The author: The Society of American Baseball Research, edited by Lyle Spatz, Maurice Bouchard and Leonard Levin.

The vital stats: University of Nebraska Press, 400 pages, $26.95.

Find it: At Powell’s (linked here) or Barnes & Noble (linked here). And at the publisher’s website (linked here).

The pitch: An on-going goal of the SABR historian group is to preserve the biographies of as many players as possible, even forming a Bio-Project Committee. They’ve also moved to the perseveration of notable teams as well — and of the several thousand who’ve existed in major league history, this first racially integrated team of the 20th century is “foremost among those with such national appeal,” Spatz writes in the introduction.

Meaning, of course, that this was Jackie Robinson’s rookie season, which started on this day 65 years ago and will be celebrated, as usual, with as many teams as possible wearing his No. 42.

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Q and A: Eric Davis and Darryl Strawberry, on their Harvard Park education


Harvard Park, at 62nd and Denker in South Central L.A., was nothing but a giant quagmire Friday afternoon after the recent rains.

The four all-dirt diamonds pointed at each other from each corner of the park were under water. Yet, there was a pick-up soccer game taking place on the common outfield grass area.

i-62c8211dedaedd9f010930bfb93b1383-Eric Davis.jpg

That’s the kind of things that baffles Eric Davis .

“It’s a ghost town (for baseball), but not for soccer,” says Davis (right). “It’s depressing.”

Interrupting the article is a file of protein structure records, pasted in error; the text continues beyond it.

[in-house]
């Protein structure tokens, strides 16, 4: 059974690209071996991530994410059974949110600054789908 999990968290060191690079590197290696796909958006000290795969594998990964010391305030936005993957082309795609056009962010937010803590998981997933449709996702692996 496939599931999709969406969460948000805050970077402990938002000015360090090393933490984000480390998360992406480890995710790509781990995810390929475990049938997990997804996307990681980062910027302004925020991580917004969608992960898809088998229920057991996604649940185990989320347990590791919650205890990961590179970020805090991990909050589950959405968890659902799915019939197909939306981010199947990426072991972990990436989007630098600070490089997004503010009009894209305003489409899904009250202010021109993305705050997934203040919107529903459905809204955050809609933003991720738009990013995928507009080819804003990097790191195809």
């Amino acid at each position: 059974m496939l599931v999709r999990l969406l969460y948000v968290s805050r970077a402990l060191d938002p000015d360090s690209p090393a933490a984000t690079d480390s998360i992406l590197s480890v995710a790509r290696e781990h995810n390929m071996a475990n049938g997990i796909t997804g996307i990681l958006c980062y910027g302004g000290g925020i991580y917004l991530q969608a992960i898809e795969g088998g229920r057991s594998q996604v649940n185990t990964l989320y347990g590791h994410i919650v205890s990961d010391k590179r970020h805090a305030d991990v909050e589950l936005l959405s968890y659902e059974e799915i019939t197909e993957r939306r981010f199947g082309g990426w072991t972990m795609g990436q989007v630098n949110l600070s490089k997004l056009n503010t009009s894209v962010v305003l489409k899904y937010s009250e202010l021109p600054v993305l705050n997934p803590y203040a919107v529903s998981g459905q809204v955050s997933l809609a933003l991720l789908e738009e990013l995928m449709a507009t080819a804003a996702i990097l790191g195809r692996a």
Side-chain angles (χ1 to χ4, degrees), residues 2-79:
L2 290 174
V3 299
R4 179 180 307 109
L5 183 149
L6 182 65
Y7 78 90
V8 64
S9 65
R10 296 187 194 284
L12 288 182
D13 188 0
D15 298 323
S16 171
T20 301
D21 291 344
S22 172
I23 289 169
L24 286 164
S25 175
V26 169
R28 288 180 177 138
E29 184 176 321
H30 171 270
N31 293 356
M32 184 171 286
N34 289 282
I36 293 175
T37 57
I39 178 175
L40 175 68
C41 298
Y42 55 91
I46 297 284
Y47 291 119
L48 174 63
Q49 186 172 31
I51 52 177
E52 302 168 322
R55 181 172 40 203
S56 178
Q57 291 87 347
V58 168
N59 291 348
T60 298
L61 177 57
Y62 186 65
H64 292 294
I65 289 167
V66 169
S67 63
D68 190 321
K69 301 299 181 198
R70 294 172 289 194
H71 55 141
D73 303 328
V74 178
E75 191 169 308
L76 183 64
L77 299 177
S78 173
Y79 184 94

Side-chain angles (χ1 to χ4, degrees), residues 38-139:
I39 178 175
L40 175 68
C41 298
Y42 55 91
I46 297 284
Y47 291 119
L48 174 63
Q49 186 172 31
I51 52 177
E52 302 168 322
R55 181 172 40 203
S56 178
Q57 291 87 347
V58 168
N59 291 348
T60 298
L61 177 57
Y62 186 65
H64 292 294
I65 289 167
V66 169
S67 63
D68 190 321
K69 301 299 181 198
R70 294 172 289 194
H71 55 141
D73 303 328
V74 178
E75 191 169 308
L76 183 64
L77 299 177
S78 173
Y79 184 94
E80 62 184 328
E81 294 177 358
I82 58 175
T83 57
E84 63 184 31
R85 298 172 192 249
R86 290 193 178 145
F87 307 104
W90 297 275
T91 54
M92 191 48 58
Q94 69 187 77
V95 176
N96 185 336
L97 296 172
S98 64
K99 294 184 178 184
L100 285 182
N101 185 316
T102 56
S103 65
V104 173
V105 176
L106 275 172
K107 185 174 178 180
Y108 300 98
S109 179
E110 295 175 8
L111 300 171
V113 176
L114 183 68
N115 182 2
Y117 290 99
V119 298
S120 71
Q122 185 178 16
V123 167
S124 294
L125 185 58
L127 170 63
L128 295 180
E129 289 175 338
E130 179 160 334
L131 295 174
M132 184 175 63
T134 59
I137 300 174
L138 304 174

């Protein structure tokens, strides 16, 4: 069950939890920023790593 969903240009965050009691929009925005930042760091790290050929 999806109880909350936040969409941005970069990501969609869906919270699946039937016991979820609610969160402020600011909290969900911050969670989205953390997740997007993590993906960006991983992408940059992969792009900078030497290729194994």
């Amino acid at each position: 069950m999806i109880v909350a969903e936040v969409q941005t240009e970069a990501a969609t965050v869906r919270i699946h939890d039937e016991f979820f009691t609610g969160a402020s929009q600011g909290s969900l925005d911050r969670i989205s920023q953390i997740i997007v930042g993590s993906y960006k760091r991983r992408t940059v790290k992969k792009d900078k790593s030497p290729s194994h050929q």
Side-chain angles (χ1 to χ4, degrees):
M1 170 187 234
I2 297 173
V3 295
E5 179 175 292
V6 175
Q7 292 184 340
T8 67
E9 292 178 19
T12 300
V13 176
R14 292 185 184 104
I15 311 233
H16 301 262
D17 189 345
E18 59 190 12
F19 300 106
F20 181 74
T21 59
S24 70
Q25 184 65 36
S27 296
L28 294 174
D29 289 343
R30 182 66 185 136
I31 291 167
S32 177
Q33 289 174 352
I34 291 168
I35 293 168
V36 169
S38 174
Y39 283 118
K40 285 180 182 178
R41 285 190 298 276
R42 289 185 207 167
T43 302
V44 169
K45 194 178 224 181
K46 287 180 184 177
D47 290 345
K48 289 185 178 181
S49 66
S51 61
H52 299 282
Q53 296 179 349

Davis and his Little League friend, Darryl Strawberry, would come back to this place every January between 1982 and 1994, during the prime years of their careers with the Cincinnati Reds and New York Mets.

i-d2cd96a2738e857653b199f74300596f-Darryl Strawberry.jpg

Davis, from Fremont High, and Strawberry, the No. 1 overall pick out of Crenshaw, joined the late Chris Brown, then with the San Francisco Giants via Crenshaw, to start what they would call “The Program.”

It was more than just an off-season conditioning routine. They mentored up-and-coming local talent like Royce Clayton, Rodney McCray and DeJon Watson (now the Dodgers’ assistant GM). They bonded with teammates like Barry Larkin, David Justice and Frank Thomas. They gave back to the community that’s known more as the home turf of the Harvard Park Brims, a Bloods gang with the Crips on all four sides.

Davis and Strawberry needed these visits to stay connected to their roots — even during the time in the early ’90s when the found themselves in the same Dodgers outfield together for a couple of seasons.

The two serve as executive producers and the co-narrators of a new documentary, “Harvard Park,” which debuts Sunday on BET (11 a.m.) and the Centric channel (8 p.m.), and will be available Monday for download on iTunes and Netflix.

Davis, 49 and living in Calabasas, and the just-turned-50 Strawberry, from his home in St. Louis, talked about the story of their trip back to this innercity “Field of Dreams” came together on the day that Major League Baseball sets aside for its annual Jackie Robinson Day celebration:

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30 baseball books in 30 days of April, ’12: Day 14 — Give the people what they want? Maybe not